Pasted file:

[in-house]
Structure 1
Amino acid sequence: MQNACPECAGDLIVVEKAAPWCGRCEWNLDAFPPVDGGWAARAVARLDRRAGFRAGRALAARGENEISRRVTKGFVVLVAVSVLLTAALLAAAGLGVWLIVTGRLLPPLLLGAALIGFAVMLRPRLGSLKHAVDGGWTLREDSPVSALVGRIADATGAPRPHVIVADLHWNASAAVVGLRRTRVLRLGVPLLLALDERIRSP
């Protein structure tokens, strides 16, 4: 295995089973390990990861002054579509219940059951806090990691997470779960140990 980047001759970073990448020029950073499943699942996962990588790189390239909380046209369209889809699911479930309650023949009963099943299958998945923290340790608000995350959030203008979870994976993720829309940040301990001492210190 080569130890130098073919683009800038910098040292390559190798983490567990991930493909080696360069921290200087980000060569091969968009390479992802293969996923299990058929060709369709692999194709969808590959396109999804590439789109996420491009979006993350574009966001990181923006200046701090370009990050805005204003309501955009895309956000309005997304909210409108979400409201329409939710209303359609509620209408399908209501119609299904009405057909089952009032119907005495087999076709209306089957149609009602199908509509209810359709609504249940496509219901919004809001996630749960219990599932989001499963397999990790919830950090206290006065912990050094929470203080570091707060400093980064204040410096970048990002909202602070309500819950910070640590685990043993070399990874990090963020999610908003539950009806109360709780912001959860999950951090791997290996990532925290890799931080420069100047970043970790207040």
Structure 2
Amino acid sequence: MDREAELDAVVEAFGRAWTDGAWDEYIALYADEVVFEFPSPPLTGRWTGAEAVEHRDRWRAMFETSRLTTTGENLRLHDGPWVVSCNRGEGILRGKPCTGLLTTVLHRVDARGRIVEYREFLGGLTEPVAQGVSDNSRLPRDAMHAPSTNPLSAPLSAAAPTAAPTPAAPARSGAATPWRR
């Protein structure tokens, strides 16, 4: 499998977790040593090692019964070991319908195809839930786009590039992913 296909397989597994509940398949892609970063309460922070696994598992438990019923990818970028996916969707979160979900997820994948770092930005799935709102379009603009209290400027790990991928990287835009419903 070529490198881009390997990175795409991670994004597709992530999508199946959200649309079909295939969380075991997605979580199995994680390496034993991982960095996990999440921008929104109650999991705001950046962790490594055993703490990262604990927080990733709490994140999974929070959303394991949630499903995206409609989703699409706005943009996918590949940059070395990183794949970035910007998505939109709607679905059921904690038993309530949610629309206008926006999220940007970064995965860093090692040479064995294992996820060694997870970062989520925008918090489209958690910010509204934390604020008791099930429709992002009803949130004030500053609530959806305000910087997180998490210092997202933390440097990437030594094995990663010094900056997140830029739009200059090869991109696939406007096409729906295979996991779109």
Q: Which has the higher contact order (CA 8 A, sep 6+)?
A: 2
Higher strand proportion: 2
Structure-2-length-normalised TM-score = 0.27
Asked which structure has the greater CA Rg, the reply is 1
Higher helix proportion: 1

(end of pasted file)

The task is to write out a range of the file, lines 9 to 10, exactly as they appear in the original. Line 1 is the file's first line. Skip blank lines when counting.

A: 2
Higher strand proportion: 2